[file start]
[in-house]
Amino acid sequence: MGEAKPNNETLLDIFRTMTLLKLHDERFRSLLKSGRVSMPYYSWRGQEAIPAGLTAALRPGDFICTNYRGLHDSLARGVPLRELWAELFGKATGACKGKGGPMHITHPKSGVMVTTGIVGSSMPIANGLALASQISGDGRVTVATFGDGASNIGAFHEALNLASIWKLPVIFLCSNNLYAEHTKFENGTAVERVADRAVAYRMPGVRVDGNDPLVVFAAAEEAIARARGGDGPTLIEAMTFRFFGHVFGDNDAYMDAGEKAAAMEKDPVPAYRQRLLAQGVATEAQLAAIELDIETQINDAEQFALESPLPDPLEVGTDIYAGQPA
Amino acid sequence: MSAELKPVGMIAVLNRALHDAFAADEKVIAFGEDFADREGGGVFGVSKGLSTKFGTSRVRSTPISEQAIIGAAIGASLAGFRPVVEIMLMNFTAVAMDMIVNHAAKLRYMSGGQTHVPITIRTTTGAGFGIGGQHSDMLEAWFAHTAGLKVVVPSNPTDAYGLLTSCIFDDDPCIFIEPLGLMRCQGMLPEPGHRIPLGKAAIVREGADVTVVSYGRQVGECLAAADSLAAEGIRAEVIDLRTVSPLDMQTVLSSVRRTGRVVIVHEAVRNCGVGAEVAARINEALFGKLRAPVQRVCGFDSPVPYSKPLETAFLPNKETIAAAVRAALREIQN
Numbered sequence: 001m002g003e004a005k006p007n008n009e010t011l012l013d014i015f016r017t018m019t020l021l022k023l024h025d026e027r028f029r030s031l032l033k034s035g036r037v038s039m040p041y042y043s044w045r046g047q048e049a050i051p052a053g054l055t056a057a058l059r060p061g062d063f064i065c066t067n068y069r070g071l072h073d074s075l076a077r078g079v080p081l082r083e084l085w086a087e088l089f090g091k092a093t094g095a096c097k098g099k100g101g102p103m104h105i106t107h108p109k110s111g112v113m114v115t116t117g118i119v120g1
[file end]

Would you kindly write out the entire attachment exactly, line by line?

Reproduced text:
[in-house]
Amino acid sequence: MGEAKPNNETLLDIFRTMTLLKLHDERFRSLLKSGRVSMPYYSWRGQEAIPAGLTAALRPGDFICTNYRGLHDSLARGVPLRELWAELFGKATGACKGKGGPMHITHPKSGVMVTTGIVGSSMPIANGLALASQISGDGRVTVATFGDGASNIGAFHEALNLASIWKLPVIFLCSNNLYAEHTKFENGTAVERVADRAVAYRMPGVRVDGNDPLVVFAAAEEAIARARGGDGPTLIEAMTFRFFGHVFGDNDAYMDAGEKAAAMEKDPVPAYRQRLLAQGVATEAQLAAIELDIETQINDAEQFALESPLPDPLEVGTDIYAGQPA
Amino acid sequence: MSAELKPVGMIAVLNRALHDAFAADEKVIAFGEDFADREGGGVFGVSKGLSTKFGTSRVRSTPISEQAIIGAAIGASLAGFRPVVEIMLMNFTAVAMDMIVNHAAKLRYMSGGQTHVPITIRTTTGAGFGIGGQHSDMLEAWFAHTAGLKVVVPSNPTDAYGLLTSCIFDDDPCIFIEPLGLMRCQGMLPEPGHRIPLGKAAIVREGADVTVVSYGRQVGECLAAADSLAAEGIRAEVIDLRTVSPLDMQTVLSSVRRTGRVVIVHEAVRNCGVGAEVAARINEALFGKLRAPVQRVCGFDSPVPYSKPLETAFLPNKETIAAAVRAALREIQN
Numbered sequence: 001m002g003e004a005k006p007n008n009e010t011l012l013d014i015f016r017t018m019t020l021l022k023l024h025d026e027r028f029r030s031l032l033k034s035g036r037v038s039m040p041y042y043s044w045r046g047q048e049a050i051p052a053g054l055t056a057a058l059r060p061g062d063f064i065c066t067n068y069r070g071l072h073d074s075l076a077r078g079v080p081l082r083e084l085w086a087e088l089f090g091k092a093t094g095a096c097k098g099k100g101g102p103m104h105i106t107h108p109k110s111g112v113m114v115t116t117g118i119v120g1